We paid off our debts and started 1997 with a clean slate, but no money for this year. We’re continuing to do everything further to cut expenses. We’ve cut staff and pages, reverted back to an earlier printer who gave us a lower bid, and we keep adopting new labor- and money-saving technology. But what we desperately don’t want to do is reduce the frequency of the magazine. We have a lot to say that no one else can or will. But it doesn’t do much good if, instead of widening...

The Audience Starts Narrowing.

At present the magazine goes to every congressional office and some congressional committees, and sometimes to several recipients in a congressional office, depending upon the donations from constituents. It also goes to a lot of media and talk radio recipients, some at our expense and many as donations from readers and listeners. Last year we were in 4,600 public, university and school libraries. This year the number is increasing again thanks to a new offer just mailed to 20,000 U.S. libraries.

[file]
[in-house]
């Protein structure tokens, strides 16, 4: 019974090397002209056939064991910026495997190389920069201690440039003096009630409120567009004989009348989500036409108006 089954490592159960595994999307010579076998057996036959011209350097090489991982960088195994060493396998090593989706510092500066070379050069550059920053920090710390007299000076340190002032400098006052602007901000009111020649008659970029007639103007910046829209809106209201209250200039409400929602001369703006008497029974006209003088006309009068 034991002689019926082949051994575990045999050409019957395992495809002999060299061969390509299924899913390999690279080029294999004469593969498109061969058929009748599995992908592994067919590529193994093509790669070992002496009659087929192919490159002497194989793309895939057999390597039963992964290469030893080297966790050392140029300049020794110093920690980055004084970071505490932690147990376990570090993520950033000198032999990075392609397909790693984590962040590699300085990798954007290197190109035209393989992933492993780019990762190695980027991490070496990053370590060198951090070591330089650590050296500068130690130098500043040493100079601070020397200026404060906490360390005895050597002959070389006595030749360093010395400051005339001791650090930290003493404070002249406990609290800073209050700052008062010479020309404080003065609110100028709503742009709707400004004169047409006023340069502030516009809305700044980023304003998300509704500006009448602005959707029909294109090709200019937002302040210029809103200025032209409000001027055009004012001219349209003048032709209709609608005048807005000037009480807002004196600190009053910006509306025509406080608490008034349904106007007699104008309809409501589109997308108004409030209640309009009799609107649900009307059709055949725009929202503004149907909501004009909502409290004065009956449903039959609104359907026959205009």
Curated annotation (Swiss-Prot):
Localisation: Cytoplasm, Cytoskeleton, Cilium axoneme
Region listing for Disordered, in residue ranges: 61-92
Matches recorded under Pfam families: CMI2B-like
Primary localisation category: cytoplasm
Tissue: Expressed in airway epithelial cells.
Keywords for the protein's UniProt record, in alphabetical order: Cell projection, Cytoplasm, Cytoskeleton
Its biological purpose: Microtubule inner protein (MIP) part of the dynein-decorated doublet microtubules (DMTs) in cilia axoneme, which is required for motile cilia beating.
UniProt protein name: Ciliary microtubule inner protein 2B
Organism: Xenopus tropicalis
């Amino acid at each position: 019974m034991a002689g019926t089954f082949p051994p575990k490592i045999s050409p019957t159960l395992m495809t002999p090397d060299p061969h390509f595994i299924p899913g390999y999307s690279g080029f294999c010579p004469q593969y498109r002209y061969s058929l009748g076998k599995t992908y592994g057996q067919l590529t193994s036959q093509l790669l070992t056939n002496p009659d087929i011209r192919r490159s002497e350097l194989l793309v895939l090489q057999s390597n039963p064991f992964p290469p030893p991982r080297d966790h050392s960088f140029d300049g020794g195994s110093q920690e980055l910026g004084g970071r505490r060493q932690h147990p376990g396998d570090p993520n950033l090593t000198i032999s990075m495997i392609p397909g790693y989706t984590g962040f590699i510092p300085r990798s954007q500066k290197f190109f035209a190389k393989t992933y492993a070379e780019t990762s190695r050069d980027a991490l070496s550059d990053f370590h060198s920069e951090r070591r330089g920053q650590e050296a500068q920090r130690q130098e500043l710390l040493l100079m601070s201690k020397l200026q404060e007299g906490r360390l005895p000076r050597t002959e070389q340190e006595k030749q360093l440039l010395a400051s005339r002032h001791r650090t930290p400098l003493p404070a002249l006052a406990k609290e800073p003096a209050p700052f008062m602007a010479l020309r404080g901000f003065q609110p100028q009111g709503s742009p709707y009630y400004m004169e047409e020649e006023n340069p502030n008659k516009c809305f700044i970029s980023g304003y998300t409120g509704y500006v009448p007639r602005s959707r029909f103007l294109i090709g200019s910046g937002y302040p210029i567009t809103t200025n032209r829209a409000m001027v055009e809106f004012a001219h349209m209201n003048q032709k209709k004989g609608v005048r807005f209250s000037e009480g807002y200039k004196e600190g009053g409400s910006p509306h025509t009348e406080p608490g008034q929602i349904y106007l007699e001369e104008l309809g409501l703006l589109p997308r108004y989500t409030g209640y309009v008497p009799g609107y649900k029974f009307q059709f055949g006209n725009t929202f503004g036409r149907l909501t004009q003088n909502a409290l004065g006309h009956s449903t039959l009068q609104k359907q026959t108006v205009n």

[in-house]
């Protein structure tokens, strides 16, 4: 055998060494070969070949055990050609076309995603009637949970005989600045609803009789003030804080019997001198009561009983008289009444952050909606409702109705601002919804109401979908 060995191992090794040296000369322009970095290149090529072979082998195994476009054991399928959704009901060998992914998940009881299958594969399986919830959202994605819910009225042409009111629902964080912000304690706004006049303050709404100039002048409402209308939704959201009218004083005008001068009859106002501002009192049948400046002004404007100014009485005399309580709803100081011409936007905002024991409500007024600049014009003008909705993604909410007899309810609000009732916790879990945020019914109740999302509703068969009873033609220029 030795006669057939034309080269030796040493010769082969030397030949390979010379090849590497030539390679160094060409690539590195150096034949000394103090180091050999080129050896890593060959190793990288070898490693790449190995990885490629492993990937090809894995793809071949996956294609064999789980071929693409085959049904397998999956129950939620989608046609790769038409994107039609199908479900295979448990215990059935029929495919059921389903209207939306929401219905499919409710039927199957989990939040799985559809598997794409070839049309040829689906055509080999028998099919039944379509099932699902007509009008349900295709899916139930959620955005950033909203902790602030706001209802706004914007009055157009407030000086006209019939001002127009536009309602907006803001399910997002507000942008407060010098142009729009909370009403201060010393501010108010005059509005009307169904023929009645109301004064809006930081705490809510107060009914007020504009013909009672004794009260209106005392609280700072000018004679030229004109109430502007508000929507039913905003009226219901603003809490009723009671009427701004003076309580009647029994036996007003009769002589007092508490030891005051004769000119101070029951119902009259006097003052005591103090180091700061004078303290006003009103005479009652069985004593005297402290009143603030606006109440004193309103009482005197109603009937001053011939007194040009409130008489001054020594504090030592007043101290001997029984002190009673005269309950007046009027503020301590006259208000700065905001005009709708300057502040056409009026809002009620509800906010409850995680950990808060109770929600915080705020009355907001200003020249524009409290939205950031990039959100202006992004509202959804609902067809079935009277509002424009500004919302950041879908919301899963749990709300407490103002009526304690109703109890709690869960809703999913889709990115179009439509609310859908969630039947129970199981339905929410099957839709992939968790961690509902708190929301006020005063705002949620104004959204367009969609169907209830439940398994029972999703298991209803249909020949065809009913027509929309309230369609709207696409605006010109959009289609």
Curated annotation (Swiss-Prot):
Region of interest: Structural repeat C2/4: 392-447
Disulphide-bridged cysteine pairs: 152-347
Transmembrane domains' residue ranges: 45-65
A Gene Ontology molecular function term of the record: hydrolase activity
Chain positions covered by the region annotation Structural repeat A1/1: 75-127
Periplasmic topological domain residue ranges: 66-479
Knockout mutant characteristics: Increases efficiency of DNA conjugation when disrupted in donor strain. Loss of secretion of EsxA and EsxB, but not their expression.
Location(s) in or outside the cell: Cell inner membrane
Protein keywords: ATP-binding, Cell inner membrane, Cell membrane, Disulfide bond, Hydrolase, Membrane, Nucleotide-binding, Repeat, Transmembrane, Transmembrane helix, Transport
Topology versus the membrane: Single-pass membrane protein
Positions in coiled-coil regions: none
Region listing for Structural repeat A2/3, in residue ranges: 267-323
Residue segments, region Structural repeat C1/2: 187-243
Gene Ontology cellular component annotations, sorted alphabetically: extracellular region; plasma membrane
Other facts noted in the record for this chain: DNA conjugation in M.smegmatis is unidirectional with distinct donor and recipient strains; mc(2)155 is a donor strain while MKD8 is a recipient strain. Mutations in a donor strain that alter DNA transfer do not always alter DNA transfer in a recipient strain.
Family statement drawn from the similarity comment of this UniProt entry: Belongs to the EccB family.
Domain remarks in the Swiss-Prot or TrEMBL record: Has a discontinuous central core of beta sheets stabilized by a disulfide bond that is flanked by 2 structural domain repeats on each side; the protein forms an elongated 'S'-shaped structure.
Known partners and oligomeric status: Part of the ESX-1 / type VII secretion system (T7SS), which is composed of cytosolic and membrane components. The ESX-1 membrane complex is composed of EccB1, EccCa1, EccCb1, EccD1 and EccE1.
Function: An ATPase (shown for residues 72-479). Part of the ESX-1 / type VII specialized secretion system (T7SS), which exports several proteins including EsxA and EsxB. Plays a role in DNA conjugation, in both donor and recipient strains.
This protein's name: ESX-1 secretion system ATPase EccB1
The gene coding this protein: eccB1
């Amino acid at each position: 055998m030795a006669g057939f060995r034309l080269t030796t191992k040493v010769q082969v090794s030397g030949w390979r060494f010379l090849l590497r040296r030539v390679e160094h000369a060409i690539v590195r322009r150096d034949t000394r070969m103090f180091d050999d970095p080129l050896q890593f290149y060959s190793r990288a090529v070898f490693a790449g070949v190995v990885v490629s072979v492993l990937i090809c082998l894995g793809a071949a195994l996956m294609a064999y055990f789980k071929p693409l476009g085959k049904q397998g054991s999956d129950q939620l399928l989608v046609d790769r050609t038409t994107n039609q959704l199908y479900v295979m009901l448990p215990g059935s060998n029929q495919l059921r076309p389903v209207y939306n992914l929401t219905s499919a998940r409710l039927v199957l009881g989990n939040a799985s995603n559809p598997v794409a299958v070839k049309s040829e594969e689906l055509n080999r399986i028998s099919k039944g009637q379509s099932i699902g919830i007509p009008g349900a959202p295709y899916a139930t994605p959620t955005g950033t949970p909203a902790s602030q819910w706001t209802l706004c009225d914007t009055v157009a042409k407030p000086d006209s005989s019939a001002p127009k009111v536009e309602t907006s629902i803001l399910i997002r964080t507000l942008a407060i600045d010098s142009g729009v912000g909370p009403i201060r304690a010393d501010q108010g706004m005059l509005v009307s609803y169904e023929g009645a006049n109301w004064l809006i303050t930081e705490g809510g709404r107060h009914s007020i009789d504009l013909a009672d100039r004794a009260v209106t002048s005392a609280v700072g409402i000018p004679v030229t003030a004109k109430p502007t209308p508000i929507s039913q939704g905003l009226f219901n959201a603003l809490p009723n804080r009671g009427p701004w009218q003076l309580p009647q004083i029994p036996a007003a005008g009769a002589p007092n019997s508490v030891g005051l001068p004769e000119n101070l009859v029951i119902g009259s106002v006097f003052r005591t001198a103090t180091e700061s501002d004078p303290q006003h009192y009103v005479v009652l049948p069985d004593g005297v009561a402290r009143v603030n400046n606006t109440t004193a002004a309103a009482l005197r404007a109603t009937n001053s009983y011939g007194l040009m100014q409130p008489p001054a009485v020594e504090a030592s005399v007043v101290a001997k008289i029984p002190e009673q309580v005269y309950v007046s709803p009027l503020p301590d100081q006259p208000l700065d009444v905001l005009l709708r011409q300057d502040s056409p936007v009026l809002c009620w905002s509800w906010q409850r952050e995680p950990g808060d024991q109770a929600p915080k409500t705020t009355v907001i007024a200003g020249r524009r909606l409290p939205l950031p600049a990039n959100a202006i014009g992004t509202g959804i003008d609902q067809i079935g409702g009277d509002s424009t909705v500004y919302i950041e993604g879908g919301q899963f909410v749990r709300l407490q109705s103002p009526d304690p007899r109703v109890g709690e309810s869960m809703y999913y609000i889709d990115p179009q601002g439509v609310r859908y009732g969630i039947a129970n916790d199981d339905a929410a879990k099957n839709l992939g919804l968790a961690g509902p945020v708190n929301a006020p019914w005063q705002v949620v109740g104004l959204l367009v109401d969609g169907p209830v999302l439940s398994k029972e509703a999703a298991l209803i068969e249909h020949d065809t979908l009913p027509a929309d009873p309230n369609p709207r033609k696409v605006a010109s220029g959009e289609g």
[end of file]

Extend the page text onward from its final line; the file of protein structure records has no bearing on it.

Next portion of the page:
So Like Calvin and Hobbes...

We still have too many important things to do to die. Please help us live and grow. We know not everyone can contribute $100 or more in cash or gift subscriptions. Do what you can. But those who qualify for one of those $100, $250, $500, $1,000, $2,500 or $5,000 places in the AET Choir of Angels help in another way. When people see a big swatch of names in our very first listing of the 1997 choir in the July issue, they will realize we’re really going to make it if all of our readers pitch in again this year.

So Please Don’t Wait.

Use the envelope in the middle of this issue for your donation right now and...

Make a Difference, This Month!